Results 181–200 of 281 for speaker:Mr Jack Thompson

Clause 23: Orders for Securing Compliance (10 Apr 1989)

Mr Jack Thompson: My hon. Friend is on an important issue and in some ways the matter has gone full circle. The only source of energy for operating industrial machinery is electricity. Machines cannot run on gas or oil or on any other energy source. An increase in electricity prices to the coal industry, which consumes a huge amount of electricity, will push up coal prices and create pressure on the coal industry.

Oral Answers to Questions — Energy: British Coal (10 Apr 1989)

Mr Jack Thompson: At the next discussions with the chairman of British Coal, will the Minister take the opportunity to raise with him the question of the British Coal engineering workshops? The rundown in manpower and the dilution of skills in the workshops is having an effect on the efficiency and, especially, the safety of the industry. Are there any plans to take out the engineering workshops before any...

Orders of the Day — Electricity Bill (12 Dec 1988)

Mr Jack Thompson: Listening carefully to the Secretary of State's presentation of the Bill on its Second Reading today, I felt that he lacked conviction and commitment. It will be interesting tomorrow to see in cold print in Hansard the detail of his comments because I am sure that the public outside will see only the comments in the newspapers, and not the Secretary of State's full presentation. Up to this...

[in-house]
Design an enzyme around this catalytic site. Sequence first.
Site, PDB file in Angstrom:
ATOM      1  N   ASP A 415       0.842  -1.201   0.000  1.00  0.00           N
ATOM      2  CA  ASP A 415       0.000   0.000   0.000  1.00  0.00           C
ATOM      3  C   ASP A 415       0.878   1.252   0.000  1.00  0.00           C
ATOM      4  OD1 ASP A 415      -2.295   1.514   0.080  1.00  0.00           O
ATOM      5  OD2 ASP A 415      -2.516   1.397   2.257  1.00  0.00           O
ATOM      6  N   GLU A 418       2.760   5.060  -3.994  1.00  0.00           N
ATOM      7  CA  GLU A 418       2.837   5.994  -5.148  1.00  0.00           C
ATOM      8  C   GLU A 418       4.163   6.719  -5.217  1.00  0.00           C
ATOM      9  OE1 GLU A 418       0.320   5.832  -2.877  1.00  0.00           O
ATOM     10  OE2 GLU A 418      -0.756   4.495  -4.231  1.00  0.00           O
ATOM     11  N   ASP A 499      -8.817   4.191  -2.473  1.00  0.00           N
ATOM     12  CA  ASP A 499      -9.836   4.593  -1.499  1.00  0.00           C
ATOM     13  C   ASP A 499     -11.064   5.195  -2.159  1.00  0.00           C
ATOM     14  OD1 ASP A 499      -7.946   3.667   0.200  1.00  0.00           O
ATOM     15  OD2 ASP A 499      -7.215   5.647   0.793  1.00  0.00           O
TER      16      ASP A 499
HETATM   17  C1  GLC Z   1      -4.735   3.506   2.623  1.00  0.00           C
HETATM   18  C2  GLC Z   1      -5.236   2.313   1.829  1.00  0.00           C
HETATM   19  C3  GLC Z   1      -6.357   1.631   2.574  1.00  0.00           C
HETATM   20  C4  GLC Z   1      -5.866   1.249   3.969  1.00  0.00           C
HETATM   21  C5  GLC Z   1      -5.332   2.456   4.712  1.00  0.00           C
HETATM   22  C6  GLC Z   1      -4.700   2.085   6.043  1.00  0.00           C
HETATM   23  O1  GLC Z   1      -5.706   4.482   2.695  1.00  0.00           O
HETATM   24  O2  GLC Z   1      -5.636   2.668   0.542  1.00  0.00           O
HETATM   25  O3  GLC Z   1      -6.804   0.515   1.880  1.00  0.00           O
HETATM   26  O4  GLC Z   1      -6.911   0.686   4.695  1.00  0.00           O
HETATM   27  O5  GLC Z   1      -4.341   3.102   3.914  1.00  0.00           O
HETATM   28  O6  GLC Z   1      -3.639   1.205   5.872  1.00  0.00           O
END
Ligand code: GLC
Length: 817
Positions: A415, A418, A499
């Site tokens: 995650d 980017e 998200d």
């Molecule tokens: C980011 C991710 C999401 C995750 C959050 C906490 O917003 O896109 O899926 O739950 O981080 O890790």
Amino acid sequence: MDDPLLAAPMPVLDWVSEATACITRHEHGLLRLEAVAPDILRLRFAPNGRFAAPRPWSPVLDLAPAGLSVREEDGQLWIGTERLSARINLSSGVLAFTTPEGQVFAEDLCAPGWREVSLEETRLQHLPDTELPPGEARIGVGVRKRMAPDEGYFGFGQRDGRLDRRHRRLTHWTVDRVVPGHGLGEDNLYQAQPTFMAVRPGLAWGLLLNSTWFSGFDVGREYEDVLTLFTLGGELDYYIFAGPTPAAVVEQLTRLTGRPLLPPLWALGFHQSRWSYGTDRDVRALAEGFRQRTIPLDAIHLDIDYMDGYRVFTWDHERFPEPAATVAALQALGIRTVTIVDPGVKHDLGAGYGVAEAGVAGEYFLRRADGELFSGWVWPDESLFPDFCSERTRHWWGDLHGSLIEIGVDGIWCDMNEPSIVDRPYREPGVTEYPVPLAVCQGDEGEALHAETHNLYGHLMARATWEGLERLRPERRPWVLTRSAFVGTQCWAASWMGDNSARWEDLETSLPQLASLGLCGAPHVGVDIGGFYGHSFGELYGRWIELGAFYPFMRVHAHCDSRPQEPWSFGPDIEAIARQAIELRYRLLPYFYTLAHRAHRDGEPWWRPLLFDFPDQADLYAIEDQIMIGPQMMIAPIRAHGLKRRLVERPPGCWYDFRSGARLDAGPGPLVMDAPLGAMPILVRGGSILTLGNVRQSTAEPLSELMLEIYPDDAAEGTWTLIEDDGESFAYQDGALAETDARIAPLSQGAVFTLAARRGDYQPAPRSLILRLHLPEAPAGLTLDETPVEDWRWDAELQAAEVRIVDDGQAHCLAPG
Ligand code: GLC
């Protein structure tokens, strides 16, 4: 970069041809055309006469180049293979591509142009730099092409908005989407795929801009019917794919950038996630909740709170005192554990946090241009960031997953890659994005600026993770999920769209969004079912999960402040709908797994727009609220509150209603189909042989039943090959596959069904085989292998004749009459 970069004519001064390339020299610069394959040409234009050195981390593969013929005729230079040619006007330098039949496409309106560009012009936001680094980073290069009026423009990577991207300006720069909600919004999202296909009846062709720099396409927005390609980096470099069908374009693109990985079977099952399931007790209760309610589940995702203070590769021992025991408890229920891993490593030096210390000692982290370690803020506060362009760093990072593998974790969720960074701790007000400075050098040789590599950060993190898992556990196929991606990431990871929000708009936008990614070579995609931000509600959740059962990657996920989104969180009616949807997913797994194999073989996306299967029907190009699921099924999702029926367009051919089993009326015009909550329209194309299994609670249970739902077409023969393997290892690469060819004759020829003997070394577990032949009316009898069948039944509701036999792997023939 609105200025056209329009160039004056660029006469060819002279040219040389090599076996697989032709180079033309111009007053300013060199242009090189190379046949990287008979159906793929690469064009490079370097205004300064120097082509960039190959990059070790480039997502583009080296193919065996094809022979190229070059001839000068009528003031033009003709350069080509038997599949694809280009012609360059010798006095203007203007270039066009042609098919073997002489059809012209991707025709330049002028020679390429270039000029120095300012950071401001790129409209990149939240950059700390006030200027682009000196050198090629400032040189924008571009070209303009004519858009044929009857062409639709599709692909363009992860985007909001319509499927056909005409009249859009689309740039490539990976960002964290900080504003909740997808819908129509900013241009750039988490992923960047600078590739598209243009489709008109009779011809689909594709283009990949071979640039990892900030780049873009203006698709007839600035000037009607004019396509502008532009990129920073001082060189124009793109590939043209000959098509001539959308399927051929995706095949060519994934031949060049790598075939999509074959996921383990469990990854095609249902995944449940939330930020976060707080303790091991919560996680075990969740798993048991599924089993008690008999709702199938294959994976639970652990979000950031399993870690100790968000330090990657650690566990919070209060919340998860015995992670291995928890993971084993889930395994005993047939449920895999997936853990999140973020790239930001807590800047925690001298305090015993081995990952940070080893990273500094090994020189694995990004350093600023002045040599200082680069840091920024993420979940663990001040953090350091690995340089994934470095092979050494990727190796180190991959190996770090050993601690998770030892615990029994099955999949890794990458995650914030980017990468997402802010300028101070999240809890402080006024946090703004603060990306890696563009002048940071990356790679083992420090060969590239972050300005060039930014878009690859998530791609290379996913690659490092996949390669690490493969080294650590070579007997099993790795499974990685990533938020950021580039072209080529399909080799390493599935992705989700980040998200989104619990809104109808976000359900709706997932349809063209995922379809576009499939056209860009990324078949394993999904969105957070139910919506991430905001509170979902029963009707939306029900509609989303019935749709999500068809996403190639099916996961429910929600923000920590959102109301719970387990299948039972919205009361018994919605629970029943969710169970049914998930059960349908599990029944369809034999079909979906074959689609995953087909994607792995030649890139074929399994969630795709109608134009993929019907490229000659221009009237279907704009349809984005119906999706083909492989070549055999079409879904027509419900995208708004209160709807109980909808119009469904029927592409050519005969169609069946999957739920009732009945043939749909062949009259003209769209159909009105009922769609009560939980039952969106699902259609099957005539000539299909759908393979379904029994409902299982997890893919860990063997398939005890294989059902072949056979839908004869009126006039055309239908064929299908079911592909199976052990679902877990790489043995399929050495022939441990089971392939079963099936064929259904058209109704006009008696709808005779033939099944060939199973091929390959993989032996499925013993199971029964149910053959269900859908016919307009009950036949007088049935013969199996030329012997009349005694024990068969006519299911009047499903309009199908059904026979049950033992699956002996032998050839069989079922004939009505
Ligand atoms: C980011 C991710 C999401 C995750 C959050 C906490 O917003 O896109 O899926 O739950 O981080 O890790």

Orders of the Day — Electricity Bill (12 Dec 1988)

Mr Jack Thompson: I shall take note of that. I shall just make a little recommendation to the Secretary of State. I recommend that over Christmas he reads two books, both by the same author, Lesley Hannah, "Electricity before Nationalisation", a study up to 1948 and "Engineers, Managers and Politicians", a study of the electrical industry up until 1979. He will find them both enlightening and useful.

Salmonella and Eggs ( 5 Dec 1988)

Mr Jack Thompson: Does not the adverse publicity during the past few days, especially that created by the Under-Secretary, emphasise the lack of co-operation and co-ordination between the right hon. and learned Gentleman's Department and the Ministry of Agriculture, Fisheries and Food? Are there not conflicting statements from the two Departments? Is not one reason for the current problem the reduction in...

Opposition Day: North Killingholme Cargo Terminal Bill (By Order) (22 Jun 1988)